Despite a slowing pace, educational attainment in the United States has gradually risen over the past 35 years, as shown in figure 3. The share of young women with college degrees almost doubled, from 21% to 39%, and young women are now more likely than young men to have a college degree.
As shown in Fact 2, this has coincided with large increases in the wage premium for women that have college degrees. High school completion rates have also increased over this period. From 1980 to 2015, the share of American men age 25–34 that completed high school inched up from 86% to 90%, and rose from 85% to 91% among women.
Nonetheless, many researchers worry that skill levels among young people in the United States are far too low. Historically, successive generations have attained more education at a rate of approximately one additional year of schooling every decade; for example, individuals born in 1930 averaged about 11 years of schooling by the time they reached age 30, compared with 13 years for people born in 1950.
But for individuals born around 1950 and later, this pace was roughly cut in half, even though the economic returns to education have increased (see Fact 2). Individuals born around 1985, who were 30 years old in 2015, averaged 14 years of schooling.
There is concern among some researchers that public policies aimed at improving skills and educational attainment are too often evaluated on narrowly defined criteria such as conventional cognitive test scores. For example, in the 1960s the Head Start program was thought to have fallen short of its goals because it did not permanently raise the IQs of the children who had participated in it. This kind of write-off may be premature in light of evidence from early childhood interventions such as the Perry Preschool Project, which had lasting benefits that were not picked up by conventional measures of cognitive ability.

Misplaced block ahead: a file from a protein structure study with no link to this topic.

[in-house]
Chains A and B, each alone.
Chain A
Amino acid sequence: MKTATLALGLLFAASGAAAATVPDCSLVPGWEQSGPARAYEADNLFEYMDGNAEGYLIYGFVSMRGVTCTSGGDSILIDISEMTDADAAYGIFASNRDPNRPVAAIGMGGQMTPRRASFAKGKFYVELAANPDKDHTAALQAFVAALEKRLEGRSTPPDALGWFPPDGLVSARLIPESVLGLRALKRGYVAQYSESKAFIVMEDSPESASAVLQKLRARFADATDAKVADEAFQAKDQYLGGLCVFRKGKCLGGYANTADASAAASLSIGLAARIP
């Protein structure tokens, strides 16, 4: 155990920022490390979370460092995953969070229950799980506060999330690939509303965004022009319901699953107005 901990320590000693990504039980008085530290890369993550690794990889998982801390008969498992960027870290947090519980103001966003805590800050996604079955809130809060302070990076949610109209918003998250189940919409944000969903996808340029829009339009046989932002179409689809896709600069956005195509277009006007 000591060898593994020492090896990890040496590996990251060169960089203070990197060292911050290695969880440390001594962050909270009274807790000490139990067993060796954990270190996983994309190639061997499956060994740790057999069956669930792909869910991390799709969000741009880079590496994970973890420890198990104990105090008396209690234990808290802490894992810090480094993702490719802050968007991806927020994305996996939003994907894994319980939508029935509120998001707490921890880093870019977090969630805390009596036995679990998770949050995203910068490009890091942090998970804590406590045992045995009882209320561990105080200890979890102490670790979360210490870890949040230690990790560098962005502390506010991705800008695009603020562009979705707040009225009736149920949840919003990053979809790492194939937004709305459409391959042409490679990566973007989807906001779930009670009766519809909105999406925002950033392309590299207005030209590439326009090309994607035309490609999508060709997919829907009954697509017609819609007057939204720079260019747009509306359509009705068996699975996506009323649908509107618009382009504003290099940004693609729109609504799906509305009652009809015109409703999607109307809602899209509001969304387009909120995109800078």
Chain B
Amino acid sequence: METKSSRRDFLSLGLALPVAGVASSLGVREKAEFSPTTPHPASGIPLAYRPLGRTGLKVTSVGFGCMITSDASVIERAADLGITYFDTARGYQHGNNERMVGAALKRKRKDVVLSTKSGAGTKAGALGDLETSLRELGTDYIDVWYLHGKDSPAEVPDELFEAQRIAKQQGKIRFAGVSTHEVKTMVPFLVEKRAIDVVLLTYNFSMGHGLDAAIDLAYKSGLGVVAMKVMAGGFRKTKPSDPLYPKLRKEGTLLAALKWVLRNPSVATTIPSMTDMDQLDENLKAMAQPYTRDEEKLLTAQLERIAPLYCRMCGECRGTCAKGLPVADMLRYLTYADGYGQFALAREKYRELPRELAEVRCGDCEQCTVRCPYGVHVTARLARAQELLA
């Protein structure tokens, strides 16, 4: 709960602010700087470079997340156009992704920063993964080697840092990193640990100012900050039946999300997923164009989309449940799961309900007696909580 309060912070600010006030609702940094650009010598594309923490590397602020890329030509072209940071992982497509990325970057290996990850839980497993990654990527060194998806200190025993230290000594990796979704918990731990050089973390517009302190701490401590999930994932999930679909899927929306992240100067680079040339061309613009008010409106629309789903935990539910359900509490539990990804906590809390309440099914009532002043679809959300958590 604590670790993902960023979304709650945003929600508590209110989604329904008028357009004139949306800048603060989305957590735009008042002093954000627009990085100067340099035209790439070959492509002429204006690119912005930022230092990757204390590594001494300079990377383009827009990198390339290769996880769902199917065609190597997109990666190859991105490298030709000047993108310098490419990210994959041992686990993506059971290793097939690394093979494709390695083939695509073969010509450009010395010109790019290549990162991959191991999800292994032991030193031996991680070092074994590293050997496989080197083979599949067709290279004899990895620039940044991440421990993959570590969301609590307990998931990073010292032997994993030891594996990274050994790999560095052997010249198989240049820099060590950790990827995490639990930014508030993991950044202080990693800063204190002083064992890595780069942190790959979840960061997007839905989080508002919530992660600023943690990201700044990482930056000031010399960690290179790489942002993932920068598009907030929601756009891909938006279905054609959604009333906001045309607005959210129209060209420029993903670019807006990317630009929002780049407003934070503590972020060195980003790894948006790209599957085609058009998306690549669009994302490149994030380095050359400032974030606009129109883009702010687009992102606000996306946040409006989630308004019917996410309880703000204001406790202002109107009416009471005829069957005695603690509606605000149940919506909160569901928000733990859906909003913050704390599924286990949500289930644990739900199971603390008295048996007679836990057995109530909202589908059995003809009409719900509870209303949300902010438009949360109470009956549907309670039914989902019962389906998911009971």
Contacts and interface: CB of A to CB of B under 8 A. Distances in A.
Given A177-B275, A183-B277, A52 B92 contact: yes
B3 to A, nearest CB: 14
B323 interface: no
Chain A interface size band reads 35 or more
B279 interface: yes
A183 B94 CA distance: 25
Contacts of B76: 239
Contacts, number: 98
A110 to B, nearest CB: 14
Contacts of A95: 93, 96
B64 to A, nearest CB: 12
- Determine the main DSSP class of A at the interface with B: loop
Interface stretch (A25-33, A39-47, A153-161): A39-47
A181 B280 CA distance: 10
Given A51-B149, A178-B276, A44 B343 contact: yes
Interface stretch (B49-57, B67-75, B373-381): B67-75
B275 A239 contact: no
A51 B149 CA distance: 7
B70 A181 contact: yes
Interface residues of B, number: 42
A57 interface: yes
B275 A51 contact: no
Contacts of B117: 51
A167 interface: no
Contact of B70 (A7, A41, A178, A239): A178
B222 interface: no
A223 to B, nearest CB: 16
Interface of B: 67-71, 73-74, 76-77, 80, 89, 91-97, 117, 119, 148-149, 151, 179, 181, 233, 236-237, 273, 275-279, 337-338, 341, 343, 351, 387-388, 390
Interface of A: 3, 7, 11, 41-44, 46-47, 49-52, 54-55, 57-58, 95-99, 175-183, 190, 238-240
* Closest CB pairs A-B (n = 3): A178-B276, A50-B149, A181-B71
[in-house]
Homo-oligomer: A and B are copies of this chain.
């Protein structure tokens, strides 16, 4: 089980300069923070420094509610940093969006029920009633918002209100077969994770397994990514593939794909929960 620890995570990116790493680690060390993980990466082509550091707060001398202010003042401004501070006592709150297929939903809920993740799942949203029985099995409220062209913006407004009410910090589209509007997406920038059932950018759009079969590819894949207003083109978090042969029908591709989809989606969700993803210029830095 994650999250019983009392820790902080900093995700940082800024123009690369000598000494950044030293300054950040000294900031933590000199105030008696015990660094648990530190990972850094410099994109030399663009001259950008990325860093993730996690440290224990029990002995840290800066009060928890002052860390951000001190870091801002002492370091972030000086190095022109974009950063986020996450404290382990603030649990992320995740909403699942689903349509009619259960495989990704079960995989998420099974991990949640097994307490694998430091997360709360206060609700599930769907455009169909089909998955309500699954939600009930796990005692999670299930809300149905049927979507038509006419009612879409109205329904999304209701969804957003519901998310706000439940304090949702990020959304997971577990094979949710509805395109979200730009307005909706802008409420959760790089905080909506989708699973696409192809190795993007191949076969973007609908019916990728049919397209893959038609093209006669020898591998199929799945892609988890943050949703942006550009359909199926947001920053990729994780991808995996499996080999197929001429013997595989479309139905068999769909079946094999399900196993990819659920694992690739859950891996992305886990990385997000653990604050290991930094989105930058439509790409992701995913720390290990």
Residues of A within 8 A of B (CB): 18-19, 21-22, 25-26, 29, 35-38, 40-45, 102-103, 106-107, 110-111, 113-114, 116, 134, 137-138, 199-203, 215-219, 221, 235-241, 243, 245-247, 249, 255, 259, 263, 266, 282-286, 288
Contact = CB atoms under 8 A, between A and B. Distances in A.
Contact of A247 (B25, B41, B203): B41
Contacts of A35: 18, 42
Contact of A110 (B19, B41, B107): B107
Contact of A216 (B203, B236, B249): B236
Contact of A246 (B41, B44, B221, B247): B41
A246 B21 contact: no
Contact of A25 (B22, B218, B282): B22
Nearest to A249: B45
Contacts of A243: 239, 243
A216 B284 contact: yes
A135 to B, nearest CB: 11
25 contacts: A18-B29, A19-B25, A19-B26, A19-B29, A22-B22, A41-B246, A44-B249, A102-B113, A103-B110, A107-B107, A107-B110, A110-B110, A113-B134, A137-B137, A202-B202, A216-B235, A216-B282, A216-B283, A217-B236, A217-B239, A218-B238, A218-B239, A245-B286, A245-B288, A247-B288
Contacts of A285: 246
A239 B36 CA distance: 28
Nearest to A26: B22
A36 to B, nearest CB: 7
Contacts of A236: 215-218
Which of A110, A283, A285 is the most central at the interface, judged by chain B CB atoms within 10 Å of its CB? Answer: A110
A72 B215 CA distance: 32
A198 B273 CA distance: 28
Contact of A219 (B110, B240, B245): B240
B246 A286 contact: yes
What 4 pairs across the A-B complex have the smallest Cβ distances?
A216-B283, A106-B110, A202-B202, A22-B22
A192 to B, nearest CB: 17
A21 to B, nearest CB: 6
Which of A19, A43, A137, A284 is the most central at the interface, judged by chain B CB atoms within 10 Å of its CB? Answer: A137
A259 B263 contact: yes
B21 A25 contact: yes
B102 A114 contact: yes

In particular, by age 10 the IQ scores of the participants were no higher than those of the control group, but the participants did show more motivation to learn, and by age 40 they were more likely to have graduated from high school, to be earning higher salaries, to own a home, to be less dependent on welfare, to have had fewer out-of-wedlock births, and to have not been arrested.
Bottom Line: Your child’s early childhood experiences and environments matter. Studies show that early childhood interventions result in sustained, lifelong benefits.